By Ciro Reynoso

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Greg Wohead: Celebration’s Falling of the Leaves

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Celebration, Florida is a planned community in Osceola County, Florida. It’s near Disney World and was originally developed by the Walt Disney Company. It features a town square, houses modeled on a variety of architectural styles (Victorian, Gothic, American plantation house) and a fully integrated graphic design of everything from street signs and shop signs to manhole covers, golf course graphics and fountains. To some, Celebration is a dream come true; quaint nostalgic Americana brought to life. But to others it all seems inauthentic.

Because of the temperate Florida climate, autumn foliage can be rare, so every October leaf-shaped confetti is pumped into the Celebration, Florida town square.

I’m obsessed with The Falling of the Leaves. It’s like this genuinely exciting moment even though you can see all the fakeness. The device pumping out paper leaves, everyone gathered to catch them. To me it feels fun and funny and strange and maybe a little bit sad.

My performance called Celebration, Florida, for me feels like this moment, only with people instead of paper leaves. Where the paper leaves are standing in for real leaves, in the performance two people who are unrehearsed and have never met both stand in for me. That’s quite a big difference, actually. Even though the unrehearsed performers are standing in for someone else, they are also their own people–they are self-consciously themselves and someone else at the same time, constantly slipping off one and onto the other. As a performance idea this is constantly interesting to me, as anyone who might have seen my previous work like The Ted Bundy Project or Comeback Special can clearly see.

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photo by Matt Cawrey

The performers are wearing headphones and hear my voice in their ear guiding them on what to do and say via a prerecorded audio track. They know almost nothing about the show beforehand. Maybe this seems a little gimmicky. The idea of unrehearsed performers guided through a show is certainly not original. I’ve seen it before, notably in Tim Crouch’s An Oak Tree and in Glen Neath and Ant Hampton’s ROMCOM. For Celebration, Florida, though, this felt like the only way to do it. Not just because of the exciting on-the-same-team relationship this creates between the performers and audience, but because it speaks to playback delays, disconnection, missed details, a voice that’s *just* out of hearing range, a sense of the odd, the off-centre, the peculiar. As audience members, you’re not only invited to see what is being enacted onstage, but you’re being asked to imagine and to try and access what has gone on in another place. My hope is that the form of the piece can help create a portal to this slightly strange other place. Celebration, Florida isn’t really about Celebration Florida. It is sort of about an anyplace.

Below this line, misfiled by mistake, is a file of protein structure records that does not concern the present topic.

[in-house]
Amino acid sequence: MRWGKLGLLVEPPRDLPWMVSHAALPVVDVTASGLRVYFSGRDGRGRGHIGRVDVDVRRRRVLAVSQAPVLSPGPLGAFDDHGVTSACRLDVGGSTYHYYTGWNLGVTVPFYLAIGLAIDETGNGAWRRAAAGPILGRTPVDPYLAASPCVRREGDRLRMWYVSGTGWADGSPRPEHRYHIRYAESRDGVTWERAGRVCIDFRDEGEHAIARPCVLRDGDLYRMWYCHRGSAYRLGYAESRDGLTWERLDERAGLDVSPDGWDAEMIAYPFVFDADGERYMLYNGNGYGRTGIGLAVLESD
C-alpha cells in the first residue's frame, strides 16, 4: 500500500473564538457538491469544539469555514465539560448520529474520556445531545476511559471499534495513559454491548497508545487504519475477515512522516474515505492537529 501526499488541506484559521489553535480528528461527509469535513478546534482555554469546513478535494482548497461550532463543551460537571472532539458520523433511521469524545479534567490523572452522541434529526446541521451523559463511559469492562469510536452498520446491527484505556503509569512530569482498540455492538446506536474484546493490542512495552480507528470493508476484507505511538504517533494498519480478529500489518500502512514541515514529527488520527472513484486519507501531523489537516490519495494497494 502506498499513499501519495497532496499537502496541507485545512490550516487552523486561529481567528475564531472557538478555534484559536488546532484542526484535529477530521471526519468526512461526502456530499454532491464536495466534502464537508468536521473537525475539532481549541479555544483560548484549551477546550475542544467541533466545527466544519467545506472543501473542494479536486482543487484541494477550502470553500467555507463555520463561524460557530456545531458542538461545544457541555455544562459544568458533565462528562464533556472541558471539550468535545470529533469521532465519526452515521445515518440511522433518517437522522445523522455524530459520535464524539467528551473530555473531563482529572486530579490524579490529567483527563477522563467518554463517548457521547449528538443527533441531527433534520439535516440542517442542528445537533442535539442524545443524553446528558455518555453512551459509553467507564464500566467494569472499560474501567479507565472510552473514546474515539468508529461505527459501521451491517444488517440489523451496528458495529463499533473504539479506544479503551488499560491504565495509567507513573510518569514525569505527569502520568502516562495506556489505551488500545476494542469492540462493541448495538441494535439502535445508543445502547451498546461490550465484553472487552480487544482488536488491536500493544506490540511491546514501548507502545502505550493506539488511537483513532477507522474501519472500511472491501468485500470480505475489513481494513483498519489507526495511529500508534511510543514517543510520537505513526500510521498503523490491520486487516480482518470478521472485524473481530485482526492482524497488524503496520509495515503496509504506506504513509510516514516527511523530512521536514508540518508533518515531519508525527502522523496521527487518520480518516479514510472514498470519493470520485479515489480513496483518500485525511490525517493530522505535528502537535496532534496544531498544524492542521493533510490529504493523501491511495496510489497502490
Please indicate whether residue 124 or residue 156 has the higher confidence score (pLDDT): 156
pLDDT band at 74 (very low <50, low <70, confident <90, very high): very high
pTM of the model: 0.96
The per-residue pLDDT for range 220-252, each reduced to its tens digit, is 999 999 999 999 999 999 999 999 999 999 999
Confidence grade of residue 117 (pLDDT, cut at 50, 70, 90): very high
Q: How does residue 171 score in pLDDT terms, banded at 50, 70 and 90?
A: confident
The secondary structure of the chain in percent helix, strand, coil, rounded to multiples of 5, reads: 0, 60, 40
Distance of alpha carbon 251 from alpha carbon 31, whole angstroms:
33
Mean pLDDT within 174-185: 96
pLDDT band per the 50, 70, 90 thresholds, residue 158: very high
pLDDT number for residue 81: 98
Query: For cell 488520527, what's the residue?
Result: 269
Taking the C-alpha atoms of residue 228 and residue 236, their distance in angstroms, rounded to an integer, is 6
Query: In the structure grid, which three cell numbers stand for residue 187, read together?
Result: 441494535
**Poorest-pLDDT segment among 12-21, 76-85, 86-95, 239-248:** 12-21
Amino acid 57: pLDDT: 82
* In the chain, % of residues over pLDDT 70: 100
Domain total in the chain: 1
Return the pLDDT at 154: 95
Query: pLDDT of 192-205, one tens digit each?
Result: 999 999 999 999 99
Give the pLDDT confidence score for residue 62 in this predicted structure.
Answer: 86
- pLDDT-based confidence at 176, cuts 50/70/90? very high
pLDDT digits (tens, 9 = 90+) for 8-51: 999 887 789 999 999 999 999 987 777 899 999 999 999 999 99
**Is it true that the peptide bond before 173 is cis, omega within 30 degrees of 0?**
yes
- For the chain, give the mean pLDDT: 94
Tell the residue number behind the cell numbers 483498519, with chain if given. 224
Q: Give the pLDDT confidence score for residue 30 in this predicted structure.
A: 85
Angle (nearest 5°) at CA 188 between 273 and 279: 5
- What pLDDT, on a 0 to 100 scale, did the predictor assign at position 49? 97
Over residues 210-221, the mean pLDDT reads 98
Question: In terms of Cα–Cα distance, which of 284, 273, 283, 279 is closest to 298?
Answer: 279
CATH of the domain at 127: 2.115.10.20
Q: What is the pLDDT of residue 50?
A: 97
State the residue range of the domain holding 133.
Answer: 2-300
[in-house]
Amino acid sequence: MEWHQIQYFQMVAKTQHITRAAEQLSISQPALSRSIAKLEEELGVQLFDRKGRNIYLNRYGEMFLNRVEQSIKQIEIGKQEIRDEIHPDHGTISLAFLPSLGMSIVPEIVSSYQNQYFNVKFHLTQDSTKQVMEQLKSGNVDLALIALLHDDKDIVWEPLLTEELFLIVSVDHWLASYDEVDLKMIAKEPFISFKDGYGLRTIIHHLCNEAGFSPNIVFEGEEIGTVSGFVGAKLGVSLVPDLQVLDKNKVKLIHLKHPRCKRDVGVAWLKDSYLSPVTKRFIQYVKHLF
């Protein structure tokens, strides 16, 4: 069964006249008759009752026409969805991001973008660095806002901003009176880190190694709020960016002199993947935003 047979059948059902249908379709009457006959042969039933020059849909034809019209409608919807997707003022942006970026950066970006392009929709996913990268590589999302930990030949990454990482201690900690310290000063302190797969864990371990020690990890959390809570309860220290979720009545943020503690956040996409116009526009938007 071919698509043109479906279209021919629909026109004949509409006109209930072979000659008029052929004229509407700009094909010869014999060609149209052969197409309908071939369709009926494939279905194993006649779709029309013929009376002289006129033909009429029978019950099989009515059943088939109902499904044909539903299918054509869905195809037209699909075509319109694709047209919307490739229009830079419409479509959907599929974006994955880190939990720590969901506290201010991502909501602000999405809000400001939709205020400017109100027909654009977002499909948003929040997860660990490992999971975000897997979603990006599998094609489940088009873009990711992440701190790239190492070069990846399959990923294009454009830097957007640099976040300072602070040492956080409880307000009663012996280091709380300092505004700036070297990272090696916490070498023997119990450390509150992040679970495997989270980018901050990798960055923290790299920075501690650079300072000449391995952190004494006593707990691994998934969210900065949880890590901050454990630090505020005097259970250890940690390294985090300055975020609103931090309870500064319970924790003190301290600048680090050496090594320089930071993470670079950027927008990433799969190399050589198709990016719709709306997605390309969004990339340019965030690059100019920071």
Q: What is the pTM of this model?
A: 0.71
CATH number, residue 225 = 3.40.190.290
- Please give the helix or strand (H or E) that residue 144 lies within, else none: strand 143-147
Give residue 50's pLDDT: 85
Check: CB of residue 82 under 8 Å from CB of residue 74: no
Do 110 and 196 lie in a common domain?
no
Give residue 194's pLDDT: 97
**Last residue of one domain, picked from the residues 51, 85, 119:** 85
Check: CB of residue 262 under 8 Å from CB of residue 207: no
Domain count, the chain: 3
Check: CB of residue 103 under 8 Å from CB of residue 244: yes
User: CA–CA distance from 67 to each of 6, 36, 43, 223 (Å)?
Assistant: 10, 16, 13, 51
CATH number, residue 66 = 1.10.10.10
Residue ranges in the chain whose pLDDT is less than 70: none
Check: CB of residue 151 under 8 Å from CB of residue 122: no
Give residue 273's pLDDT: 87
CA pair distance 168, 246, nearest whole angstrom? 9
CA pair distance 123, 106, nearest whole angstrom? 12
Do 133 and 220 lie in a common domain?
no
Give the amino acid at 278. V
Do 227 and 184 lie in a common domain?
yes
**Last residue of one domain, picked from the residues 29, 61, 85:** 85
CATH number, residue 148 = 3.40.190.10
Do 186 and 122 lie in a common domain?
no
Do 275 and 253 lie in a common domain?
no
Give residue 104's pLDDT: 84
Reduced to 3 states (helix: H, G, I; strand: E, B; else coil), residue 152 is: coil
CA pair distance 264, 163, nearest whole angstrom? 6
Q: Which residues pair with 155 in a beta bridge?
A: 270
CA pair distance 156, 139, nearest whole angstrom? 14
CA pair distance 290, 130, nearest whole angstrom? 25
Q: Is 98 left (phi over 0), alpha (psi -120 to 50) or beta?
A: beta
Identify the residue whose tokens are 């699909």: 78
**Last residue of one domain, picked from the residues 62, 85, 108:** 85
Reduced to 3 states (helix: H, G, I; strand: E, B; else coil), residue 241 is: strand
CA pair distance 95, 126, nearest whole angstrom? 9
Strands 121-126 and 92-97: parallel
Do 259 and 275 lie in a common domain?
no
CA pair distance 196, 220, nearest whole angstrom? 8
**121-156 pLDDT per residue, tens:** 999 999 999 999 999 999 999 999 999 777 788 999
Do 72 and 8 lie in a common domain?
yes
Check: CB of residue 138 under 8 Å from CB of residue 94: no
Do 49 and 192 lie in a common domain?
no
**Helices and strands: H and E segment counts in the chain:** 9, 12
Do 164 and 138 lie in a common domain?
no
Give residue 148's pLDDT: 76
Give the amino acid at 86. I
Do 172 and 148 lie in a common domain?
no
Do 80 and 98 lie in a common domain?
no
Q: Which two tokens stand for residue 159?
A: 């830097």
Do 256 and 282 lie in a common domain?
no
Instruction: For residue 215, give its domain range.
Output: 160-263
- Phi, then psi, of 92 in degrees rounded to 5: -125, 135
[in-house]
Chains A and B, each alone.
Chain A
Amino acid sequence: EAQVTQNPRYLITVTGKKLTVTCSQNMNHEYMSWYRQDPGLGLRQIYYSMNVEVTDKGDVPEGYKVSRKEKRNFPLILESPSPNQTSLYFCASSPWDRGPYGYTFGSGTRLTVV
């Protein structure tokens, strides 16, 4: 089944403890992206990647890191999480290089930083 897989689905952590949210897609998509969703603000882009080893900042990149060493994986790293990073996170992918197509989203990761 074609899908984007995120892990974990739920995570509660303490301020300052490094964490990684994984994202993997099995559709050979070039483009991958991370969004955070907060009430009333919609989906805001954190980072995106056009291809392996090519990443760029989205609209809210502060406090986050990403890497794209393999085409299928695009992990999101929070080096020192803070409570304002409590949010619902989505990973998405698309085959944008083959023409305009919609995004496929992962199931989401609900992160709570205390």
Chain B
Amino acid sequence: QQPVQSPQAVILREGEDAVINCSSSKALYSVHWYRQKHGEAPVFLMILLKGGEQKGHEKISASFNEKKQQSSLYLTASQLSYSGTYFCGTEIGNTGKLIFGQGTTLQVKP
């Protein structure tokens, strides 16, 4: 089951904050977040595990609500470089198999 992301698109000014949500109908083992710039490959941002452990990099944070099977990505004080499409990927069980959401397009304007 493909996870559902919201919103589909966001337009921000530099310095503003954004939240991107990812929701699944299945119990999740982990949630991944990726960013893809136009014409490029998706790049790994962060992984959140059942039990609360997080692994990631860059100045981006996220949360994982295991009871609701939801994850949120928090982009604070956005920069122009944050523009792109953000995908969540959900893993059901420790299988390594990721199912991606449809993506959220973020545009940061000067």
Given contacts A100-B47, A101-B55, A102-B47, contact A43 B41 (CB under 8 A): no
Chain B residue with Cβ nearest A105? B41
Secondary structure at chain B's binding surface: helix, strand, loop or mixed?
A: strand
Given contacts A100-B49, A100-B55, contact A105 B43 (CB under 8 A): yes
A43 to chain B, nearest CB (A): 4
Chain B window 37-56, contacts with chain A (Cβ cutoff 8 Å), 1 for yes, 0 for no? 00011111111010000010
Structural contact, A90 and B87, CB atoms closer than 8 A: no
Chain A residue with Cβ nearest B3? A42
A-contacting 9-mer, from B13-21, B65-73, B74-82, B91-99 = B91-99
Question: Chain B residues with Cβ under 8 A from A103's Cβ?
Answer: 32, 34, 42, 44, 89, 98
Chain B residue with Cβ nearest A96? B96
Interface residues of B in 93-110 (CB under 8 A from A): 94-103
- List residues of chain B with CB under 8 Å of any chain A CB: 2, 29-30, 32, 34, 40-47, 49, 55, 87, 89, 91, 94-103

But what I always come back to is a sense of doubleness. While you’re invited to access this other place, this Celebration, Florida anyplace, what we actually see is two people–who didn’t know each other before the show started–slowly form a real relationship as they interact and perform various tasks together over the course of an hour. That can be a fun thing to watch.

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photo by Jonathan Potter

In the end, Celebration, Florida is about all and none of these things. It veers between feeling ‘about’ a relationship between me and the performers, the performers and the audience, me and the audience, each performer with the other. And hopefully in the slipping and sliding in between, you can bring to it whatever is going on with you.

I made the performance with an energy of reaching out for connection with other people. That reach itself requires vulnerability, and it can feel thrilling, confusing, comforting, maddening and impossible. Like the Falling of the Leaves x 100.

Celebration, Florida is on at the Albany in London on 1st and 2nd March with a post-show talk on the 2nd, followed by national touring.
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By Greg Wohead.

Celebration’s Falling of the Leaves

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I Need A Dollar! Part of SKINT Festival at Canada Water Culture Space

Next week at the Albany’s sister venue, Canada Water Culture Space, InShort Film Festival presents a showcase of ingenious, surreal and innovative short films exploring humans’ relationship with work, money and happiness.

Each year InShort Film Festival screens the best international, inclusive, and independent shorts, exposing multicultural audiences to stories from all corners of the world. Their film programmes celebrate the differences and similarities in people’s experiences worldwide, with many themes popping up universally in the visions of filmmakers from different perspectives.

InShortFF was invited to curate the film part of the Albany’s SKINT programme, which allows you to get your film and theatre fix this February, even if you’re skint – all the events are £5 or pay-what-you-decide. People both locally and worldwide are affected by the financial restraints and poor employment opportunities of our current age. So on Friday 17 February 2017, InShortFF’s screening I Need A Dollar! brings some of the best, most powerful, and most relatable of these stories, with filmmakers from Chile, Australia, India, Russia, Spain and the US, to name a few, to our Southwark theatre.